An eating disorder is the third most common ailment among teenagers. Worldwide, one out of five teens suffers from an eating disorder, such as anorexia and bulimia, which eventually can lead to heart failure and a malfunction of the internal organs, causing death.

In a world filled with perfectly photoshopped supermodels, the normality of plastic surgery and exhortations to control your own destiny, it is hard for a teen to have a healthy acceptance of his or her body.

This acceptance is even harder when a teen hears the voice of “Ana,” as many anorexia patients call the illness. It tells afflicted teens that they look fat, and that thinner is always better.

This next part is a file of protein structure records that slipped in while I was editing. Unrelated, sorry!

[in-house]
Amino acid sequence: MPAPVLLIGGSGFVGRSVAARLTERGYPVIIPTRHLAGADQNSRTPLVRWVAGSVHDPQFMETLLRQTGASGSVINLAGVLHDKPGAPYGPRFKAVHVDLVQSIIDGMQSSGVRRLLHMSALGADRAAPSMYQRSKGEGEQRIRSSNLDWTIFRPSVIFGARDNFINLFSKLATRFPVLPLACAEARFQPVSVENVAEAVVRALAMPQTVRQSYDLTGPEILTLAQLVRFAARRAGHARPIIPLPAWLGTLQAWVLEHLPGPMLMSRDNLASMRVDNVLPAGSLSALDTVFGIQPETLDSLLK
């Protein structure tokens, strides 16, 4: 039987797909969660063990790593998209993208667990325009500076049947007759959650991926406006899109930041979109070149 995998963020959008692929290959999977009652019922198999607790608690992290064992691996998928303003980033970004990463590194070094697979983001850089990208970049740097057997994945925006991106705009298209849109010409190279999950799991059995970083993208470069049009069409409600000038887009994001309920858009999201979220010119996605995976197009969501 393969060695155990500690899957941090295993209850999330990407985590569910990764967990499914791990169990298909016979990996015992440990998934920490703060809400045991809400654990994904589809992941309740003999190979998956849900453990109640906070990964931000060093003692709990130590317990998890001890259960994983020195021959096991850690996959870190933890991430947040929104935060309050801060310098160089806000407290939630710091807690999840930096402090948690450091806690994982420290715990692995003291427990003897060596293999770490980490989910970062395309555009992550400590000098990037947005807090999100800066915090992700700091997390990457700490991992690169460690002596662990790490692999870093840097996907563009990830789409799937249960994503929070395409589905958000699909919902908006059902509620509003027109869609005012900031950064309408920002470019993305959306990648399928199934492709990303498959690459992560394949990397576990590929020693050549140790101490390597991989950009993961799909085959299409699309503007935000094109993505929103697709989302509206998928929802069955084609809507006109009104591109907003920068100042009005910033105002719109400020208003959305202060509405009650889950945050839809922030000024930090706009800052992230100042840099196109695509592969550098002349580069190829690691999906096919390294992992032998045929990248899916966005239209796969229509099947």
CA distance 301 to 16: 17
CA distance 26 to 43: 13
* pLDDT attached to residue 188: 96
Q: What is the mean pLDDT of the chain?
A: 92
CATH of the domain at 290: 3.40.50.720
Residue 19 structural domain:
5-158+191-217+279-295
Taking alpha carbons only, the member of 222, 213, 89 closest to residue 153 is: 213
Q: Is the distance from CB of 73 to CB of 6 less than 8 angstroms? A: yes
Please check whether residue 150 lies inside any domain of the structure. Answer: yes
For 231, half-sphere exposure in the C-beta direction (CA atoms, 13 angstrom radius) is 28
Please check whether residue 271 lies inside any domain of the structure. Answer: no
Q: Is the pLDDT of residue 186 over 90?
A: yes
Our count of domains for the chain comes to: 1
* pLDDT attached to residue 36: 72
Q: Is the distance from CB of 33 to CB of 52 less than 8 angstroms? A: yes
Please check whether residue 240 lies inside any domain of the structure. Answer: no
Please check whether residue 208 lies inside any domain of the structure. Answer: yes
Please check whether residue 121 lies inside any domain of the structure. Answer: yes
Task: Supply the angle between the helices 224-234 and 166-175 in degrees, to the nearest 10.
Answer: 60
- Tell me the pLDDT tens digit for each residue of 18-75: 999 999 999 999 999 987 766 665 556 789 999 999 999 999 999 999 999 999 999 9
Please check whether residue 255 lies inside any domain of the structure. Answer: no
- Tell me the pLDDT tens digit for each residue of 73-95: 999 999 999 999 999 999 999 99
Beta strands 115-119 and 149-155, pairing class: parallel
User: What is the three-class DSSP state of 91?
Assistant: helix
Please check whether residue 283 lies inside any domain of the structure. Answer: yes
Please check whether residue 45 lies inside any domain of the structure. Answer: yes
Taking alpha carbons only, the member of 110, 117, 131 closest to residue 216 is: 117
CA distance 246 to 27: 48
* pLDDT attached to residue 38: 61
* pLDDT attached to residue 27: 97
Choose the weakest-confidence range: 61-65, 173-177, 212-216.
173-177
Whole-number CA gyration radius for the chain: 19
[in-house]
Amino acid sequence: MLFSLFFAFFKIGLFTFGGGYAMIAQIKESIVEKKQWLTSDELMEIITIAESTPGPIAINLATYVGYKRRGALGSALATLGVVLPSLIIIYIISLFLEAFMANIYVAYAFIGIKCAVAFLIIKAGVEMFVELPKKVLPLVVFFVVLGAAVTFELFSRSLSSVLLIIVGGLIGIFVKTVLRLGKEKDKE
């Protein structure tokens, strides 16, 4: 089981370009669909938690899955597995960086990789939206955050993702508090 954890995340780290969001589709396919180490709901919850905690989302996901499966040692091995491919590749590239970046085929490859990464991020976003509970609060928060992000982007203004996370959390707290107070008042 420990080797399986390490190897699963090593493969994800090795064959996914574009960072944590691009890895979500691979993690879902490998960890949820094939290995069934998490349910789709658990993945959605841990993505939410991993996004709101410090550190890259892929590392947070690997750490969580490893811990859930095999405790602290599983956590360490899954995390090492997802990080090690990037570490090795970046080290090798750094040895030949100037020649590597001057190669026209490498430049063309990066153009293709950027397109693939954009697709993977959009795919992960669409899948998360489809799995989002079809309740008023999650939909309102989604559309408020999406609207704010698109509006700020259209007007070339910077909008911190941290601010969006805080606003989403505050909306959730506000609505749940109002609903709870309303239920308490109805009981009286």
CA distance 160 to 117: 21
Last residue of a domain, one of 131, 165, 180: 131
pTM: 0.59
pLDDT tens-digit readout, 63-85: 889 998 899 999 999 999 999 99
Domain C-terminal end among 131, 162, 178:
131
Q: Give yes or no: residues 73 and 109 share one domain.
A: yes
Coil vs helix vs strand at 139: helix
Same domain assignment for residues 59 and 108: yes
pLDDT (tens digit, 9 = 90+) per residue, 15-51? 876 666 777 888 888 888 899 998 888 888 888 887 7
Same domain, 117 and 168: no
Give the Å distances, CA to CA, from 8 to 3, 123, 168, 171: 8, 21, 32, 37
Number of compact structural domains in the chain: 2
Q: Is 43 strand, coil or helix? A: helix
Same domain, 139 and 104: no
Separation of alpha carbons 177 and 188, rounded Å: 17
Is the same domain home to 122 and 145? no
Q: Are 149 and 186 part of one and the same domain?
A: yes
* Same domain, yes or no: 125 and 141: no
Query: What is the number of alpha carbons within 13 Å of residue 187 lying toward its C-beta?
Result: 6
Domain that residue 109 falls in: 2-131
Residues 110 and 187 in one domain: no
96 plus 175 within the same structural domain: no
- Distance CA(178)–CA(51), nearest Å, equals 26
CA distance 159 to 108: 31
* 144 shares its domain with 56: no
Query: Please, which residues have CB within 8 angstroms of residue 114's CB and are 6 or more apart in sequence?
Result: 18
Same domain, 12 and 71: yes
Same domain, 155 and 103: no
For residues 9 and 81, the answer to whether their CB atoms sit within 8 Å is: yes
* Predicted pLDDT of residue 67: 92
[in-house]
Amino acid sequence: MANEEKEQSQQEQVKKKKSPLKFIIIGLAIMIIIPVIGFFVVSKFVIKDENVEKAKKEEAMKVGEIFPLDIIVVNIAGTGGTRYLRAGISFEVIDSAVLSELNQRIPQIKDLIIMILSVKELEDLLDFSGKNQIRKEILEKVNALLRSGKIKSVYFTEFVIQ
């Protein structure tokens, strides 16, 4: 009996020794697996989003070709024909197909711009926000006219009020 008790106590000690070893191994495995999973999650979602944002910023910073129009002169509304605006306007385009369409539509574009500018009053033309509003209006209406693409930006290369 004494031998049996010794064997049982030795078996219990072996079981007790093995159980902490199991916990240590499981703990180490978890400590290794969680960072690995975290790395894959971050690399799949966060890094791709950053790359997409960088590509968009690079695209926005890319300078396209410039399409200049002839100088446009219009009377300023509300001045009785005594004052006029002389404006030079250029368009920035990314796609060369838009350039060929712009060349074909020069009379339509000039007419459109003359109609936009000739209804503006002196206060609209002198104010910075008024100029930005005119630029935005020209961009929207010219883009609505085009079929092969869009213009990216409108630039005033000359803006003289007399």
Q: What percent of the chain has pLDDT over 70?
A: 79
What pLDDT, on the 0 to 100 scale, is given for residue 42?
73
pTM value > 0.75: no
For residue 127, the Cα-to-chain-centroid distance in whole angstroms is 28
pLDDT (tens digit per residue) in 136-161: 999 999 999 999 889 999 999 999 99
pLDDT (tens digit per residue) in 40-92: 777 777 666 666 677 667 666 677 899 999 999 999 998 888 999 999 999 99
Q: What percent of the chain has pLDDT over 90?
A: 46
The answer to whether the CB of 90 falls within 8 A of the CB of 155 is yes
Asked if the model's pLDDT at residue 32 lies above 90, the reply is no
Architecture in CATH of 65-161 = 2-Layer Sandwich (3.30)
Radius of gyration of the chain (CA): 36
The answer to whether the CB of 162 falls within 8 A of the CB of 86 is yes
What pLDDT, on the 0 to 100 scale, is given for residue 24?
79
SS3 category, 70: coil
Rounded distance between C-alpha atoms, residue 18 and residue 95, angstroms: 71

Eating disorders are not only about being thin, as many may think. They also are about control. And in a teenager’s often stressful life, nothing is easier to control than the intake of food.

In the small village of Malawa in the south of Poland, young girls and boys struggling with eating disorders stay in a little yellow house, get treatment and try to recover enough to go back to a normal life.

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